12 November 2020

Competent governance – not ideology – kills the Covid cat

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I suspect Nicola Sturgeon would quite like to be New Zealand Prime Minister Jacinda Ardern — at least when it comes to managing COVID-19. Her emulative desire extends to drawing explicit comparisons and of late has manifested in attempts to get responses out of the Kiwi leader on Twitter.

The latter incident generated snippy observations that Sturgeon was “a simp”. This bit of kid-ese refers to an individual who invests a lot of “notice me” energy in a romantic interest who then blanks him. Realistically, it’s more likely Ardern is simply a terse twitterer, but that doesn’t mean we should take Sturgeon’s other claims at face value.

It’s not just that Scotland has had a coronavirus horror run (along with the rest of the UK) while New Zealand is a notable success story. There’s also the basic fact that widespread arguments purporting to correlate “covid success” with political ideology, sex of president or prime minister, or style of leadership amount to weapons-grade statistical hooey.

Probably the most risible example was Pankaj Mishra in the London Review of Books, a piece so bad (blaming “unfettered markets and minimal government”) it prompted Janan Ganesh of the Financial Times to launch himself into the letters pages and observe that “public spending in what Pankaj Mishra calls ‘Anglo-America’ exceeds that in Australia, which has dealt with Covid-19 better than either nation. France has perhaps the largest state in the OECD and no obvious taste for individualist dogma. It fared worse than New Zealand. Greece, which has performed well, is not known for possessing a technocratic super-class to which citizens defer equably.” You could hear a sigh in one of his observations: “a bummer, I know, but we have to entertain the possibility that there is no neat lesson from the pandemic.”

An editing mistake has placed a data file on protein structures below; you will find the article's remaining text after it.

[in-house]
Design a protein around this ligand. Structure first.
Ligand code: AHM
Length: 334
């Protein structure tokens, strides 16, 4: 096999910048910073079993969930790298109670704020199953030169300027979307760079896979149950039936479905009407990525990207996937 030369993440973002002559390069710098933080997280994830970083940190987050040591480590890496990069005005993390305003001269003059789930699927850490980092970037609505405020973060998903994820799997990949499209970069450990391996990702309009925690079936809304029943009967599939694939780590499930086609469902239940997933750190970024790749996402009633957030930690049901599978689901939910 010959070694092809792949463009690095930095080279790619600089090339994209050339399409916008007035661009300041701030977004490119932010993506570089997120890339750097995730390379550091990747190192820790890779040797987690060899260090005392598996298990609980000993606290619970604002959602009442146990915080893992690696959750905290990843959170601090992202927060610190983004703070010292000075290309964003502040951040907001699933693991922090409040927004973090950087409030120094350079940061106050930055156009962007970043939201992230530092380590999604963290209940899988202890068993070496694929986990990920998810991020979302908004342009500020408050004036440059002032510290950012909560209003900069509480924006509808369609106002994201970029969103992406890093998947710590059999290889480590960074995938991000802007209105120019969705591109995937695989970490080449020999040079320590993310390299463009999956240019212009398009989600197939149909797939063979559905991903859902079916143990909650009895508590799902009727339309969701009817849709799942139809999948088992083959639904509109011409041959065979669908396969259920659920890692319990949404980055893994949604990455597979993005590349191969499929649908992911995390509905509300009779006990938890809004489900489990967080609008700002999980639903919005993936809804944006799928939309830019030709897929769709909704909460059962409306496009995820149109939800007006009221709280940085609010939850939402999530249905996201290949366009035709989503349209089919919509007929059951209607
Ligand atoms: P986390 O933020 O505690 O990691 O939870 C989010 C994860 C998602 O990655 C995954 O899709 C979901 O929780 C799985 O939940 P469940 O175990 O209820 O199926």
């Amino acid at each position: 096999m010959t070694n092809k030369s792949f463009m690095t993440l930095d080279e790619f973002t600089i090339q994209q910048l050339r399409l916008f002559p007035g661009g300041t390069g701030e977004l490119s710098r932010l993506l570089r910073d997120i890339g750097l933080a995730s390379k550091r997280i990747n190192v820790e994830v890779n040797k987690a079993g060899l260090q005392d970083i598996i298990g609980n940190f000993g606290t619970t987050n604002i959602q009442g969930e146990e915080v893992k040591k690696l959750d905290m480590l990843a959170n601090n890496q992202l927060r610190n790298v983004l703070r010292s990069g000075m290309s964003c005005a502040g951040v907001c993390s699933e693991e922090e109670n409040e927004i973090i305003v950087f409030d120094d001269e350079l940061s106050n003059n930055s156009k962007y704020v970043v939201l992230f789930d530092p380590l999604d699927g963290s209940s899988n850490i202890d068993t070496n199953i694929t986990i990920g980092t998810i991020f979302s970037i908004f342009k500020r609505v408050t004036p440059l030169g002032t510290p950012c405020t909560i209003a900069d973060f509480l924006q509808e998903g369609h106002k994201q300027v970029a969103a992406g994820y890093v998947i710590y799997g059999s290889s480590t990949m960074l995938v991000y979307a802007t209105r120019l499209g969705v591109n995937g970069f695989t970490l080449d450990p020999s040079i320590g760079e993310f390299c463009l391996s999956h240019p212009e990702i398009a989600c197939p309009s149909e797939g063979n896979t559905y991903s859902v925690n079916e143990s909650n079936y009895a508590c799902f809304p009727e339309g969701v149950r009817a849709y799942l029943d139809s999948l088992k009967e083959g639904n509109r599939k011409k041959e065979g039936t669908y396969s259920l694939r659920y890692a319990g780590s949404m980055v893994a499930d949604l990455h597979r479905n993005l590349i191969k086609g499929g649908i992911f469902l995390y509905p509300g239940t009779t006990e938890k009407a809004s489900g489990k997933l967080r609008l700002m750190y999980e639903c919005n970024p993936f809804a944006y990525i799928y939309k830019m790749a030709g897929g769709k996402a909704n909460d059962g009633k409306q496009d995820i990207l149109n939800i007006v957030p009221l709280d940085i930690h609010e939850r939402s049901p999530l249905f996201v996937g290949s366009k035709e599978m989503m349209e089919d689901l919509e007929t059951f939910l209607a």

Ganesh was writing in early August, and since then a clearer picture has emerged — one that reinforces his point.